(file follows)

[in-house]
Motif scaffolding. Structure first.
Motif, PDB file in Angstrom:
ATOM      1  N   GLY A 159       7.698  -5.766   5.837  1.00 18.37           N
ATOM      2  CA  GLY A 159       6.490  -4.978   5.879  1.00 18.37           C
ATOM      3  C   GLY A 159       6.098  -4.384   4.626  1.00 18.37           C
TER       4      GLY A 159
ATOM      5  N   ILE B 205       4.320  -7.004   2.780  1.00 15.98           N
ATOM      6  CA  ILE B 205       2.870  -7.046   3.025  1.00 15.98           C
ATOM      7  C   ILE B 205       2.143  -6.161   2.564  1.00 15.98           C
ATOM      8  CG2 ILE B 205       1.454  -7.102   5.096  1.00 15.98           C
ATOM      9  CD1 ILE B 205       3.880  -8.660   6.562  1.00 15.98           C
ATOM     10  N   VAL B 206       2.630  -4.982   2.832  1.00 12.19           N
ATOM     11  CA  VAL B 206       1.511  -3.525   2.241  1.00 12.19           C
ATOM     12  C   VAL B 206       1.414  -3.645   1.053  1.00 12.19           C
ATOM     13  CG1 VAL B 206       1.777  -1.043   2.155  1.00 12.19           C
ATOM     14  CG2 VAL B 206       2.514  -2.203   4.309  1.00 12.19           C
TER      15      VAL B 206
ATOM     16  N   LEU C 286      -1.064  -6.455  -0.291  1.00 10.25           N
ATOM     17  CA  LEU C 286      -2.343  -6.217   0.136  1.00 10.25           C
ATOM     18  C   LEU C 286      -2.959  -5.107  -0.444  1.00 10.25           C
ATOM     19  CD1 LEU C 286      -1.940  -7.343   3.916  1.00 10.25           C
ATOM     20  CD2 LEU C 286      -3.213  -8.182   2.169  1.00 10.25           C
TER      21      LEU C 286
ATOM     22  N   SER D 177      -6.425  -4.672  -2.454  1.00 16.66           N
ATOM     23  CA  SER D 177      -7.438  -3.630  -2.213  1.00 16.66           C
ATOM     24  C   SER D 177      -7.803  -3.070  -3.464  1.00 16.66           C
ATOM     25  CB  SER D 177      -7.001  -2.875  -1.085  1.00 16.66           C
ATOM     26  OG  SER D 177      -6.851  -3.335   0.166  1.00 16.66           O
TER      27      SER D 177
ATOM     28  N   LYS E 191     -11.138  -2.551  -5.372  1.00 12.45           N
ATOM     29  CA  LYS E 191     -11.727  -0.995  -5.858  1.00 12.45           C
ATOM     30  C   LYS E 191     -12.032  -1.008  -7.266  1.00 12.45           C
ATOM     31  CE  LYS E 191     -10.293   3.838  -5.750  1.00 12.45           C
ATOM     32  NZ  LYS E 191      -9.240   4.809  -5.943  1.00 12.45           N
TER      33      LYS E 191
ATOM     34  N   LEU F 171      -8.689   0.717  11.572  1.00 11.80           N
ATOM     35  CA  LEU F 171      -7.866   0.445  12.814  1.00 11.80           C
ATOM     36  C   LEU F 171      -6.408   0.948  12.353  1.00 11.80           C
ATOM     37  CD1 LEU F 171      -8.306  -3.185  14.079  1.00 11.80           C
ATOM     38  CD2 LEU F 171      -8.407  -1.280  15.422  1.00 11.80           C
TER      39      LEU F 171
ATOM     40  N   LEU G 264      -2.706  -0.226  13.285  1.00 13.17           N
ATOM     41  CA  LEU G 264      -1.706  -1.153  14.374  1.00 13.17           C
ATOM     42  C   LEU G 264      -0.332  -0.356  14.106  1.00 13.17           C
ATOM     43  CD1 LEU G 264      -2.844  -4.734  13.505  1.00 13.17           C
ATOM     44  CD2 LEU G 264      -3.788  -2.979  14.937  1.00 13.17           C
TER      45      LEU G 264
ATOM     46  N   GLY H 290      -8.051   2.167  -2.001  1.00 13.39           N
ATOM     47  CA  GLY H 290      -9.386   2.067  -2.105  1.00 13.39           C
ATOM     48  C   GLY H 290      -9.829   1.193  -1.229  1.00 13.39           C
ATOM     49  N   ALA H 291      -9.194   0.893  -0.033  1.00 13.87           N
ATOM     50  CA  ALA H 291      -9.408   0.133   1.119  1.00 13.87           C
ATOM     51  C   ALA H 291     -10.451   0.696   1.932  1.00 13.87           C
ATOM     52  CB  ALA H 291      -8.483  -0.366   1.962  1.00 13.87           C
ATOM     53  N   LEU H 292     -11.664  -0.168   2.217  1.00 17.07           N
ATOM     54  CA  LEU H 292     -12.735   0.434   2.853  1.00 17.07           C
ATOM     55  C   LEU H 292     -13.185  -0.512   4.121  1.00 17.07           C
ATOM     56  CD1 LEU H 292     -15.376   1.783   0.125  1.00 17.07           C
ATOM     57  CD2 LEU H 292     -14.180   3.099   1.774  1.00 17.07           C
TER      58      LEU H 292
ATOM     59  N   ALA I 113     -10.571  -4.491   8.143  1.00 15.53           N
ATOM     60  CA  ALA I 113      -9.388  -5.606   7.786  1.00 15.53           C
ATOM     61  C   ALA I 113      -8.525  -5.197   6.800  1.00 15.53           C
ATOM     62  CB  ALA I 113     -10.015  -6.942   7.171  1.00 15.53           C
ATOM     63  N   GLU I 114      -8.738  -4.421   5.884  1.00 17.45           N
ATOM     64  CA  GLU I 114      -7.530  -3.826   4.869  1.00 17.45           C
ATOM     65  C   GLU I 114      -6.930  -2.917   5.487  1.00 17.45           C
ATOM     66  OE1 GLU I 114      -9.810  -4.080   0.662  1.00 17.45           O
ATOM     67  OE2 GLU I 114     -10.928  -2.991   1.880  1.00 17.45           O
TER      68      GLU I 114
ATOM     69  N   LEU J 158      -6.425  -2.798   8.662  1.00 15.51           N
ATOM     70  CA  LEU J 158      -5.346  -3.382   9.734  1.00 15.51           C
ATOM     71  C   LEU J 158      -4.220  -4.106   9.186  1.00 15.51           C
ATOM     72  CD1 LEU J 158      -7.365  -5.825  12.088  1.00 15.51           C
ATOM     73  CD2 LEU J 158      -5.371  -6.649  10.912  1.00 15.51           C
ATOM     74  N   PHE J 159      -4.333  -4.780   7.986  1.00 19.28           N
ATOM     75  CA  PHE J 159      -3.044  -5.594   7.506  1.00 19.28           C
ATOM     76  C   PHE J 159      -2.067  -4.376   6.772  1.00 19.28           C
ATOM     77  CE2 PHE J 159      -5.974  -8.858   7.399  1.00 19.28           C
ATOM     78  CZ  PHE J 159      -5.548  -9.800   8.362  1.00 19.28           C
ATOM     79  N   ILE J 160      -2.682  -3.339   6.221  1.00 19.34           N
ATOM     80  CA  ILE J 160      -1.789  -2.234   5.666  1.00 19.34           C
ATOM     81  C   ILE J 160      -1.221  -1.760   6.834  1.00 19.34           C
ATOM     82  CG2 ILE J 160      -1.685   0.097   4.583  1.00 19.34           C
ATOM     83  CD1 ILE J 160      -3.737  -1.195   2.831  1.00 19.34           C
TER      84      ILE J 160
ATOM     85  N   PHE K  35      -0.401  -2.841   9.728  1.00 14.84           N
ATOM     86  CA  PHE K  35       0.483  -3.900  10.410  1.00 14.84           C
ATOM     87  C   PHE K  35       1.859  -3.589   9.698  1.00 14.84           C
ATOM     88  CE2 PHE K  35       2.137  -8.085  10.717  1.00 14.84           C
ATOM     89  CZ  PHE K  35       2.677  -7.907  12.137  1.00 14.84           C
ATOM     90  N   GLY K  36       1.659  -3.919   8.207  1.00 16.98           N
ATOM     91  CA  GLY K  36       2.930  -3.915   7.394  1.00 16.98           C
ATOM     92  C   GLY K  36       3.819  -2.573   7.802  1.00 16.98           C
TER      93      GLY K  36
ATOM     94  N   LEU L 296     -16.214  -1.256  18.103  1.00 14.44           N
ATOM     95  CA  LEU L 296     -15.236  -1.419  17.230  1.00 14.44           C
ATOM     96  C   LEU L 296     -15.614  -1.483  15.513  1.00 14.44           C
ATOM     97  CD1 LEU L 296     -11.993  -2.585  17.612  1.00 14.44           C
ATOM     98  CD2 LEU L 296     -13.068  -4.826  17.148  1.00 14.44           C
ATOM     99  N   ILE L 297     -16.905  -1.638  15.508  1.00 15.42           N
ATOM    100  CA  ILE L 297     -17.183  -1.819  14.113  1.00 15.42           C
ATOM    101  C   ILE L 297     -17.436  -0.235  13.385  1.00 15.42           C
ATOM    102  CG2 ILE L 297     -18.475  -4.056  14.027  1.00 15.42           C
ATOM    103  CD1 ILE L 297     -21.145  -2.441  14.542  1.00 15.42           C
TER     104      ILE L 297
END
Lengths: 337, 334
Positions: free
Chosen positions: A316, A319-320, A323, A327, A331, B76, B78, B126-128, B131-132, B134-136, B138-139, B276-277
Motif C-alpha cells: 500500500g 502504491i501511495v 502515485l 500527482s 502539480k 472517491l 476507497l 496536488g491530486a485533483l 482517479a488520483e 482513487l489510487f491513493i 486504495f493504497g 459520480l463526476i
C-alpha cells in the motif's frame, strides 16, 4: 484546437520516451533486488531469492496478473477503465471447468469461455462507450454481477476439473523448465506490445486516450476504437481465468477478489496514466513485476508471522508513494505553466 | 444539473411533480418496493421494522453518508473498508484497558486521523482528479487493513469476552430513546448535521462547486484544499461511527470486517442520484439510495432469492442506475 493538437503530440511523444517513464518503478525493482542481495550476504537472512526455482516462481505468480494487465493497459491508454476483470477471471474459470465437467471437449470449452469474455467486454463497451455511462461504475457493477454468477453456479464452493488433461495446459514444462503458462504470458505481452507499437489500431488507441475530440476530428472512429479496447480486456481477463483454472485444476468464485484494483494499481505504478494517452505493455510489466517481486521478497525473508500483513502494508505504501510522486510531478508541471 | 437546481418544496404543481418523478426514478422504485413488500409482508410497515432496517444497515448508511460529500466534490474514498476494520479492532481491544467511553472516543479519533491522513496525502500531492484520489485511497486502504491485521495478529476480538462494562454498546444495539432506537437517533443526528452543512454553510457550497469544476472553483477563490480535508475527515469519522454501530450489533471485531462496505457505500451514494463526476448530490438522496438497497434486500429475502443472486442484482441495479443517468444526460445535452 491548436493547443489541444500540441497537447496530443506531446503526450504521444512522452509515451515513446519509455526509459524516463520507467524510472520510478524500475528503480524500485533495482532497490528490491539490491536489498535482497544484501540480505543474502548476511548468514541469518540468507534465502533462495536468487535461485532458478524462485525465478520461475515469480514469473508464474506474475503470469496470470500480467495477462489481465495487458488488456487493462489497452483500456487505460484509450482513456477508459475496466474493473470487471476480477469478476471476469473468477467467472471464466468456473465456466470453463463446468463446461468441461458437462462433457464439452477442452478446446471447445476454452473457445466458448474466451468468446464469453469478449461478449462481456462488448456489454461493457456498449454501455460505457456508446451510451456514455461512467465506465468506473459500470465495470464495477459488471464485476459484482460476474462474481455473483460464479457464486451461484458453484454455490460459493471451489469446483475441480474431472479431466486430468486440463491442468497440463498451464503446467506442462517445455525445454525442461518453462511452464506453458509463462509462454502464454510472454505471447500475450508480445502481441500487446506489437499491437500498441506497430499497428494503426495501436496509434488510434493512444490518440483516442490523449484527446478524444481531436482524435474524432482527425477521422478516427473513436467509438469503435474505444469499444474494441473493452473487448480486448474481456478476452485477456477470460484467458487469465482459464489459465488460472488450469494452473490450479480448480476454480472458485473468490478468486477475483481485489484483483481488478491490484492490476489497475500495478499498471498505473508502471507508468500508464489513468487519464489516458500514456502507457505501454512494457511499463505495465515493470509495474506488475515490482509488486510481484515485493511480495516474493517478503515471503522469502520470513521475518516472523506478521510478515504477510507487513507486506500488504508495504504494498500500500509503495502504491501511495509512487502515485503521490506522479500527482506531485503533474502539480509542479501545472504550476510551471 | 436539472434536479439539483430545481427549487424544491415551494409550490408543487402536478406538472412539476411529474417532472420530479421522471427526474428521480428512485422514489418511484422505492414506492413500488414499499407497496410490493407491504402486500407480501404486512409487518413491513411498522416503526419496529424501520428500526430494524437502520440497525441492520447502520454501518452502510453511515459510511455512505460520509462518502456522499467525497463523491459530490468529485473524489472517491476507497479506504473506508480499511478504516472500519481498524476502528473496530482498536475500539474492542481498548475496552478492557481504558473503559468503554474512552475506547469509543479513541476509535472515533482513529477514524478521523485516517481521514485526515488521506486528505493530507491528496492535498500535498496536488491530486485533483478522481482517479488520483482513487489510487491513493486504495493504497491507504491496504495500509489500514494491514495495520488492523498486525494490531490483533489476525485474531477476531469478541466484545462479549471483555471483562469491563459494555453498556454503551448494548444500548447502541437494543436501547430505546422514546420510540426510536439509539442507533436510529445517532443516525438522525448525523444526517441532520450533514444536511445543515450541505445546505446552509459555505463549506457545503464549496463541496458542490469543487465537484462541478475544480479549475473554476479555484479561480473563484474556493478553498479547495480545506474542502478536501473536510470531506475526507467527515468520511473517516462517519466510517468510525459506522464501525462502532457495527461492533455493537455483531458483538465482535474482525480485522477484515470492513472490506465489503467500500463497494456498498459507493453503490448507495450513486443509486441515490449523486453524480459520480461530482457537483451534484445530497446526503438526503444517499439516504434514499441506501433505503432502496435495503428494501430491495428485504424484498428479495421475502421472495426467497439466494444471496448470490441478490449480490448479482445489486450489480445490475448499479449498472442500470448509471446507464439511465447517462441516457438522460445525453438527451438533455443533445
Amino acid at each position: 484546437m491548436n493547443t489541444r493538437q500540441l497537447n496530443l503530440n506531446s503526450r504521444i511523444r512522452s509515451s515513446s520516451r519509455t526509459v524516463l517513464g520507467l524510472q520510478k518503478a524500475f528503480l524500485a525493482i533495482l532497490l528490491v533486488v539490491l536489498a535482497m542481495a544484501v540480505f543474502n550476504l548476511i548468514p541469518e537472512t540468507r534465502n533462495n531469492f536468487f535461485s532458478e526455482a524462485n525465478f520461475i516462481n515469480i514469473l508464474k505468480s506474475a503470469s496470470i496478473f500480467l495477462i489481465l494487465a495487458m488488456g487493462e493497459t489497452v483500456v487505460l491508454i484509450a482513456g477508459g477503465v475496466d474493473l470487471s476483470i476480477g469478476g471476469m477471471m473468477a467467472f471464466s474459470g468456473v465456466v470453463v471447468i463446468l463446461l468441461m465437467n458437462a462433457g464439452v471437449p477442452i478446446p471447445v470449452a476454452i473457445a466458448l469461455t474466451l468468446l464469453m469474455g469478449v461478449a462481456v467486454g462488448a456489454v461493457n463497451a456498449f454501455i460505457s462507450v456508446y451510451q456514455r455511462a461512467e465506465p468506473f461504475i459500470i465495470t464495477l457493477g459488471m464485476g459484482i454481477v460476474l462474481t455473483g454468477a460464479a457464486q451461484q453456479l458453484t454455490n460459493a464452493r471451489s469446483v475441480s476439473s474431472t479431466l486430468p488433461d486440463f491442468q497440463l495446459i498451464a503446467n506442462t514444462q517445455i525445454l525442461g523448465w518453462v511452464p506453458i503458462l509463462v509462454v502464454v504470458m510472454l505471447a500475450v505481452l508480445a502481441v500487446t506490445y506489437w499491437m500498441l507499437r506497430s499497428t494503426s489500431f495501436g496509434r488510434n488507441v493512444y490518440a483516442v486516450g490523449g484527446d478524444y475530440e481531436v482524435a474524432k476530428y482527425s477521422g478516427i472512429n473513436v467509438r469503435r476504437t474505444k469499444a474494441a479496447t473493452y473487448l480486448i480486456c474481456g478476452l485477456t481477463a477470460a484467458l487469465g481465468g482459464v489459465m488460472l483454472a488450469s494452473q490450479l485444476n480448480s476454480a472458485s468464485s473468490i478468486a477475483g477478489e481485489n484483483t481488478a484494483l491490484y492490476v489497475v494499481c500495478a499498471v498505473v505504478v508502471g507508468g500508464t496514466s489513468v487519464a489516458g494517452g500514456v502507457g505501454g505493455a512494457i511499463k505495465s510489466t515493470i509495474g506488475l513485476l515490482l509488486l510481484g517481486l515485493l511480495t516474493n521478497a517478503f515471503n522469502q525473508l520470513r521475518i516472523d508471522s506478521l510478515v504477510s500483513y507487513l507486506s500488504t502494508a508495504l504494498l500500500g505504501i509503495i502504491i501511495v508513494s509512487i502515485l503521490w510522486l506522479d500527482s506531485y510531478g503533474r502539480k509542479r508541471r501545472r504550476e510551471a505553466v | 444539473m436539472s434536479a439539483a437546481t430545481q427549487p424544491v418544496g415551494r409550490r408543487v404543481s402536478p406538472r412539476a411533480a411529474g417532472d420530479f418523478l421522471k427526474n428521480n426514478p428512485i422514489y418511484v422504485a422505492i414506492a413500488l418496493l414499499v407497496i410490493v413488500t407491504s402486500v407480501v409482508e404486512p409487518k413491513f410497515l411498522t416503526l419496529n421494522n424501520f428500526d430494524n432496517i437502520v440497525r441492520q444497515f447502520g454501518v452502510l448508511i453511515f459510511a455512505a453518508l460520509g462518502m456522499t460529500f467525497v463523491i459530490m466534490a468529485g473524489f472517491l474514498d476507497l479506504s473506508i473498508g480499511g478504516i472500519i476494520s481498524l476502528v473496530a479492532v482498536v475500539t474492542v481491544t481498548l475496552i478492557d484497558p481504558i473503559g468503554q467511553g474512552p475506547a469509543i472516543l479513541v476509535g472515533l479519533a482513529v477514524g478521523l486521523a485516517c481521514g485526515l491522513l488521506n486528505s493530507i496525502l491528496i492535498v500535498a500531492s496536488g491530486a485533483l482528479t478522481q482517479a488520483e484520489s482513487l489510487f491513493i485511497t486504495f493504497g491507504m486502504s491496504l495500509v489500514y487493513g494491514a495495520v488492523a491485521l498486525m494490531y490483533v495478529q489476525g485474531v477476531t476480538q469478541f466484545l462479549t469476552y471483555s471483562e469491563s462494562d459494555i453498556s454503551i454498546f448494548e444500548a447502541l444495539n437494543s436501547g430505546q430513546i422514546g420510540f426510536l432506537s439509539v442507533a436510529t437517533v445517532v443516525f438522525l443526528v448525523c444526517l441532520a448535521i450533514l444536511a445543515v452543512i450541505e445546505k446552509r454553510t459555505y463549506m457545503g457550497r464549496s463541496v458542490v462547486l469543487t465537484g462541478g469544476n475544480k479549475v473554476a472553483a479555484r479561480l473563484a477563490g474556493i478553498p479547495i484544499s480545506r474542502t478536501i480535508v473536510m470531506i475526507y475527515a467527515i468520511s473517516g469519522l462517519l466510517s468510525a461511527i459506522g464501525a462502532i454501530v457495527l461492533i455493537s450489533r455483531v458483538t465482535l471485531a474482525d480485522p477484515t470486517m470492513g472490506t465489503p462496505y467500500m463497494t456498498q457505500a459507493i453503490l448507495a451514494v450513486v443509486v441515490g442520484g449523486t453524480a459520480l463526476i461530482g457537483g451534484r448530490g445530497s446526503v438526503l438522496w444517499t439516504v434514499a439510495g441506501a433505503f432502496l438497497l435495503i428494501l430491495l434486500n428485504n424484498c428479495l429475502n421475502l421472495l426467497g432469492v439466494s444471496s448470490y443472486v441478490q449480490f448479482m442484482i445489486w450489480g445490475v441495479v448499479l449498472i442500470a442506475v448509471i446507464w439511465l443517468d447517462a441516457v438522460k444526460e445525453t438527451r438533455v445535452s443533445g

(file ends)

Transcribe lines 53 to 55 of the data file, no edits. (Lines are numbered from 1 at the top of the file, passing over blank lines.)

ATOM     50  CA  ALA H 291      -9.408   0.133   1.119  1.00 13.87           C
ATOM     51  C   ALA H 291     -10.451   0.696   1.932  1.00 13.87           C
ATOM     52  CB  ALA H 291      -8.483  -0.366   1.962  1.00 13.87           C